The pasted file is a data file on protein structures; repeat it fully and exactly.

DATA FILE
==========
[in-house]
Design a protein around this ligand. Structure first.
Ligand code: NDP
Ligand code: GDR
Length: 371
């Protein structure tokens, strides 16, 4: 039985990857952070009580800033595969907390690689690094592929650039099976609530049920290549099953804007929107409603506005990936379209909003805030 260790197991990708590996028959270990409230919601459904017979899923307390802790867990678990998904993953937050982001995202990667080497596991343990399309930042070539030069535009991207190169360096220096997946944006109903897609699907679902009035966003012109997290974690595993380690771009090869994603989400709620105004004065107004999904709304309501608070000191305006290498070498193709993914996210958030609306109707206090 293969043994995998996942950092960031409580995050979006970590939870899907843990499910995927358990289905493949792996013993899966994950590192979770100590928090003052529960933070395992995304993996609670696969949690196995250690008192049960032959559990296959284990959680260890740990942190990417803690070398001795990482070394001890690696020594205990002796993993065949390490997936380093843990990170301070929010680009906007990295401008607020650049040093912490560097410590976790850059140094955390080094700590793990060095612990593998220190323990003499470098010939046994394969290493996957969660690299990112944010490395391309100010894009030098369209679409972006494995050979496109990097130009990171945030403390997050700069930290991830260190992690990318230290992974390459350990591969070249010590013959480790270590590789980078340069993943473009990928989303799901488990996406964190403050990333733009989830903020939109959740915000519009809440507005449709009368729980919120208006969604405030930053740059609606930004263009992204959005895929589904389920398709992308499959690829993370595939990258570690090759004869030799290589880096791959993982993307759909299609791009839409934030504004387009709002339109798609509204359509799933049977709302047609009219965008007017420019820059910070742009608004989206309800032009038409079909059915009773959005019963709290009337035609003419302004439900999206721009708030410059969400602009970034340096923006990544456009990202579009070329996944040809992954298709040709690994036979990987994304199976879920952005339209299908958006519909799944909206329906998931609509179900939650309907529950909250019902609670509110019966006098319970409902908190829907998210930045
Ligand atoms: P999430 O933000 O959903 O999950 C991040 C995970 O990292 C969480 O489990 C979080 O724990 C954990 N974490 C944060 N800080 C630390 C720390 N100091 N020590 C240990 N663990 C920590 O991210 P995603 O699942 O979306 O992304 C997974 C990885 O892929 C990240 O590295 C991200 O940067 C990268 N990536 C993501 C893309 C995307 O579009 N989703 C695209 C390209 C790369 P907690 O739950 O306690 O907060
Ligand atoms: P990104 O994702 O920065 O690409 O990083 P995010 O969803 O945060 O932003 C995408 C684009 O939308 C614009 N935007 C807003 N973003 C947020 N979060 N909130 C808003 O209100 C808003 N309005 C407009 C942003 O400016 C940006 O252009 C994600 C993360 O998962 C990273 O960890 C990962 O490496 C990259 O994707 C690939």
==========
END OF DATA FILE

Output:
[in-house]
Design a protein around this ligand. Structure first.
Ligand code: NDP
Ligand code: GDR
Length: 371
């Protein structure tokens, strides 16, 4: 039985990857952070009580800033595969907390690689690094592929650039099976609530049920290549099953804007929107409603506005990936379209909003805030 260790197991990708590996028959270990409230919601459904017979899923307390802790867990678990998904993953937050982001995202990667080497596991343990399309930042070539030069535009991207190169360096220096997946944006109903897609699907679902009035966003012109997290974690595993380690771009090869994603989400709620105004004065107004999904709304309501608070000191305006290498070498193709993914996210958030609306109707206090 293969043994995998996942950092960031409580995050979006970590939870899907843990499910995927358990289905493949792996013993899966994950590192979770100590928090003052529960933070395992995304993996609670696969949690196995250690008192049960032959559990296959284990959680260890740990942190990417803690070398001795990482070394001890690696020594205990002796993993065949390490997936380093843990990170301070929010680009906007990295401008607020650049040093912490560097410590976790850059140094955390080094700590793990060095612990593998220190323990003499470098010939046994394969290493996957969660690299990112944010490395391309100010894009030098369209679409972006494995050979496109990097130009990171945030403390997050700069930290991830260190992690990318230290992974390459350990591969070249010590013959480790270590590789980078340069993943473009990928989303799901488990996406964190403050990333733009989830903020939109959740915000519009809440507005449709009368729980919120208006969604405030930053740059609606930004263009992204959005895929589904389920398709992308499959690829993370595939990258570690090759004869030799290589880096791959993982993307759909299609791009839409934030504004387009709002339109798609509204359509799933049977709302047609009219965008007017420019820059910070742009608004989206309800032009038409079909059915009773959005019963709290009337035609003419302004439900999206721009708030410059969400602009970034340096923006990544456009990202579009070329996944040809992954298709040709690994036979990987994304199976879920952005339209299908958006519909799944909206329906998931609509179900939650309907529950909250019902609670509110019966006098319970409902908190829907998210930045
Ligand atoms: P999430 O933000 O959903 O999950 C991040 C995970 O990292 C969480 O489990 C979080 O724990 C954990 N974490 C944060 N800080 C630390 C720390 N100091 N020590 C240990 N663990 C920590 O991210 P995603 O699942 O979306 O992304 C997974 C990885 O892929 C990240 O590295 C991200 O940067 C990268 N990536 C993501 C893309 C995307 O579009 N989703 C695209 C390209 C790369 P907690 O739950 O306690 O907060
Ligand atoms: P990104 O994702 O920065 O690409 O990083 P995010 O969803 O945060 O932003 C995408 C684009 O939308 C614009 N935007 C807003 N973003 C947020 N979060 N909130 C808003 O209100 C808003 N309005 C407009 C942003 O400016 C940006 O252009 C994600 C993360 O998962 C990273 O960890 C990962 O490496 C990259 O994707 C690939």